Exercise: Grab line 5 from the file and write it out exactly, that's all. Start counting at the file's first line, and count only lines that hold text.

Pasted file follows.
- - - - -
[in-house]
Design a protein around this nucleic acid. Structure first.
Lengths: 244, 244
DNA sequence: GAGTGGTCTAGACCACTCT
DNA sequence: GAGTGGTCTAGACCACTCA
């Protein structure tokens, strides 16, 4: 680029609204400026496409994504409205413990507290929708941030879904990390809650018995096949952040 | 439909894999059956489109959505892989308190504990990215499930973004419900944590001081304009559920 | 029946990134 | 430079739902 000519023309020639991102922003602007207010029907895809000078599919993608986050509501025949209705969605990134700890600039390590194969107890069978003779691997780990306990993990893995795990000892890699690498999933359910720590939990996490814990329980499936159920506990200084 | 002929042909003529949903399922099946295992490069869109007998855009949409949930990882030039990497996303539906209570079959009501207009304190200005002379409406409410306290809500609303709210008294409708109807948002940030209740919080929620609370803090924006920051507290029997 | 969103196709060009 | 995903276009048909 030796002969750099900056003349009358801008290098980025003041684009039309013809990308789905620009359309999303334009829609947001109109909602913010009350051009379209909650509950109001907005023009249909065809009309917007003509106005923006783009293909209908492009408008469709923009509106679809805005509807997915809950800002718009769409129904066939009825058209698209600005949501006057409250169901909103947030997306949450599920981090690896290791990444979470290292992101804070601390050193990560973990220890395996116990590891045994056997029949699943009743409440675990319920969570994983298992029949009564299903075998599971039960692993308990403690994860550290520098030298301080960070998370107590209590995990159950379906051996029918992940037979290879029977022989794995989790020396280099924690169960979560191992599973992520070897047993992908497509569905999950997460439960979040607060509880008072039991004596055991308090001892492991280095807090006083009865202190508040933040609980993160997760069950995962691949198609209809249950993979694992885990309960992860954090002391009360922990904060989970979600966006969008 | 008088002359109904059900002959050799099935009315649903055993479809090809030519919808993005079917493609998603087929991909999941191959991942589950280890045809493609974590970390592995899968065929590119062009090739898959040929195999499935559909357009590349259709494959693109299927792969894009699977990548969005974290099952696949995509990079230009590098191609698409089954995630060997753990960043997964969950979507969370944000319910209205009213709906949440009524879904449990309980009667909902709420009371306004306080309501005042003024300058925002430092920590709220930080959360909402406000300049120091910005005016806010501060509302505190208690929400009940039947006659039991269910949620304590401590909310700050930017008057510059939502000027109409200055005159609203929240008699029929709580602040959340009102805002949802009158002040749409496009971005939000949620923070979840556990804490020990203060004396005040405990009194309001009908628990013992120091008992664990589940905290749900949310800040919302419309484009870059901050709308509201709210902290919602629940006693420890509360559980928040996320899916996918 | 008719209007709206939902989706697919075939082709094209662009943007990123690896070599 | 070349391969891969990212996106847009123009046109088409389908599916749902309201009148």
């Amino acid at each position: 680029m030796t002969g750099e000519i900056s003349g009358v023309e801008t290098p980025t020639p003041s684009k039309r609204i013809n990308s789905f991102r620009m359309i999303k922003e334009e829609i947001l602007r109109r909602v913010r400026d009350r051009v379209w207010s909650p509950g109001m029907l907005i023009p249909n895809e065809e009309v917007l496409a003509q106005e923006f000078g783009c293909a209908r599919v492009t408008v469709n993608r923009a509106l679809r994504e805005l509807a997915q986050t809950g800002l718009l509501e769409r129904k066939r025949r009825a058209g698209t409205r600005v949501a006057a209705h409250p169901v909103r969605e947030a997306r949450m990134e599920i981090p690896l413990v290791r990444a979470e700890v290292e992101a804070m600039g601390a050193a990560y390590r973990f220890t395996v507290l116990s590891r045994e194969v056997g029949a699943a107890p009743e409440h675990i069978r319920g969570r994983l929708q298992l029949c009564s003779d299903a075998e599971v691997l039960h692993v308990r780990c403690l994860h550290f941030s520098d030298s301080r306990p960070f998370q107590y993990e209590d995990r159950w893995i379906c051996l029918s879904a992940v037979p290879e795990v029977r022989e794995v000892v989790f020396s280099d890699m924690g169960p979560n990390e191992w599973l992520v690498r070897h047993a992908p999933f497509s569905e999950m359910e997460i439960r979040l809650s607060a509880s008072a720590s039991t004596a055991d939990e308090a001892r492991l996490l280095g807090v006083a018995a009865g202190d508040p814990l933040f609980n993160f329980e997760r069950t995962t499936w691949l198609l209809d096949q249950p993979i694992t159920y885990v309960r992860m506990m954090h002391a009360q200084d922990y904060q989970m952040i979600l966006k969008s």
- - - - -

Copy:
DNA sequence: GAGTGGTCTAGACCACTCA